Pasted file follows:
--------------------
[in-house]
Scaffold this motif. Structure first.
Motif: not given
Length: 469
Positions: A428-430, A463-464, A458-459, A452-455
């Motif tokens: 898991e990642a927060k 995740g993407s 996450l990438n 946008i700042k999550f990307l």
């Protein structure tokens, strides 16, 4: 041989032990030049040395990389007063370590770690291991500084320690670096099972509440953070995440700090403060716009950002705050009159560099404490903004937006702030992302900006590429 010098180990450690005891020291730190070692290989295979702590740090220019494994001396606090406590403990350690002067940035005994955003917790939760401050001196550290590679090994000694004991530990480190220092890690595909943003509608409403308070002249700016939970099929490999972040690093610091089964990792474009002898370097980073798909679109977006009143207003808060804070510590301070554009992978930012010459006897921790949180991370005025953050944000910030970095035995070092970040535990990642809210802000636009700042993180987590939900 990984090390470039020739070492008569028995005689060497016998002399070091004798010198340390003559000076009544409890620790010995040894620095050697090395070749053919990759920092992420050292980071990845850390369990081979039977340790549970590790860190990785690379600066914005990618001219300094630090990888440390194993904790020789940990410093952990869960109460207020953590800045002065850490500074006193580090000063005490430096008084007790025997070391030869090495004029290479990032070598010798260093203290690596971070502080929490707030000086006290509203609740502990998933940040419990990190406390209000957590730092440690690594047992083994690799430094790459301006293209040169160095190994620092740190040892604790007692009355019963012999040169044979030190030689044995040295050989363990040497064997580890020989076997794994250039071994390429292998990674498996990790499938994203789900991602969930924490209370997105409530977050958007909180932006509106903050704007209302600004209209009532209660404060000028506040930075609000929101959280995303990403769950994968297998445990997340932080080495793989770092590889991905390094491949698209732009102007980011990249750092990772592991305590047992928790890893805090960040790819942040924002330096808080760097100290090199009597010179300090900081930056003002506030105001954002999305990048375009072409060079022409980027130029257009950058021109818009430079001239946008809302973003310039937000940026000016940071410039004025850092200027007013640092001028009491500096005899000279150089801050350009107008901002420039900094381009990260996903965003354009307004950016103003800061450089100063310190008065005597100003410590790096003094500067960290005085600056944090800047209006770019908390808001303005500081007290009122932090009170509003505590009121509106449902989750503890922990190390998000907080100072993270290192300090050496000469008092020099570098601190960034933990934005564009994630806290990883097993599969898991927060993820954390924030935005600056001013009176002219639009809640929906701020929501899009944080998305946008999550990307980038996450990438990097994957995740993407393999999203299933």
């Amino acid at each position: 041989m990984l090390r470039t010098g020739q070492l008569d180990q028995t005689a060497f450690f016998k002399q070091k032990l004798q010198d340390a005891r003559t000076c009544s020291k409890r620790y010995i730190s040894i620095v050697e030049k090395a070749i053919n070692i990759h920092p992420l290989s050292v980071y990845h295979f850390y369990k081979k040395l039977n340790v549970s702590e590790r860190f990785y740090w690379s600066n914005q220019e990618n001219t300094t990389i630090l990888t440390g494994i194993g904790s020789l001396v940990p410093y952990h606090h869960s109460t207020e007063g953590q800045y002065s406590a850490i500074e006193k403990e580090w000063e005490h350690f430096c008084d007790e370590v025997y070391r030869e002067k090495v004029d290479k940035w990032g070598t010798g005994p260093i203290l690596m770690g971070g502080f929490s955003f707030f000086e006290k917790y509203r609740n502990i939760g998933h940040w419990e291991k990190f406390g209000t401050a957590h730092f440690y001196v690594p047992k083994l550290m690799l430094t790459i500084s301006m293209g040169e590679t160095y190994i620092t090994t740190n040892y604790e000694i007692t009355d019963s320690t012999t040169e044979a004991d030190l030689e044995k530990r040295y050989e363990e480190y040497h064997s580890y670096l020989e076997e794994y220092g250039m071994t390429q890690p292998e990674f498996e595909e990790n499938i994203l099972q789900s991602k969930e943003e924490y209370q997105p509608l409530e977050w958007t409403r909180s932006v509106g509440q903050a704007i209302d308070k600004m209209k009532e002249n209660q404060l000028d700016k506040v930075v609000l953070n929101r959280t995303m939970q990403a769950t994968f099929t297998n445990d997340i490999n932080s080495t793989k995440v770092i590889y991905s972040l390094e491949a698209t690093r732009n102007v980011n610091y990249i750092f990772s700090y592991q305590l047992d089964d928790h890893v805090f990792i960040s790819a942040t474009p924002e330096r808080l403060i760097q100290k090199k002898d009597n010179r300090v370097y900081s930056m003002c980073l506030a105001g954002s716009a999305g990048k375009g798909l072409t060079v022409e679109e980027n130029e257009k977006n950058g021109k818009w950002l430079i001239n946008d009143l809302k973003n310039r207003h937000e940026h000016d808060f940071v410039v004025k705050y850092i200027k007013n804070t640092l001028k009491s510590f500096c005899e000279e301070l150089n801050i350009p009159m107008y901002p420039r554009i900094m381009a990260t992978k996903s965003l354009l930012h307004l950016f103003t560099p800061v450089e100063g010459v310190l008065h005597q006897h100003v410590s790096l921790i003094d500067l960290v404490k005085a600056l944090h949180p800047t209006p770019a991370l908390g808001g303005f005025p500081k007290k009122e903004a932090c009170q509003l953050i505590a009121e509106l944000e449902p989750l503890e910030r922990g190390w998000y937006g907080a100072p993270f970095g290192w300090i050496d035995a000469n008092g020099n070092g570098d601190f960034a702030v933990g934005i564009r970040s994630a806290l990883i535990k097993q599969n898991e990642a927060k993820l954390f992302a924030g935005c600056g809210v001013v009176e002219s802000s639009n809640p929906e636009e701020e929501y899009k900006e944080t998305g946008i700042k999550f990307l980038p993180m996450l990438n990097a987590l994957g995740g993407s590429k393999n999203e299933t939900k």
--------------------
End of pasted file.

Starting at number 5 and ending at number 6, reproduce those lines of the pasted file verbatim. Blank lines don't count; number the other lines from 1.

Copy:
Positions: A428-430, A463-464, A458-459, A452-455
């Motif tokens: 898991e990642a927060k 995740g993407s 996450l990438n 946008i700042k999550f990307l």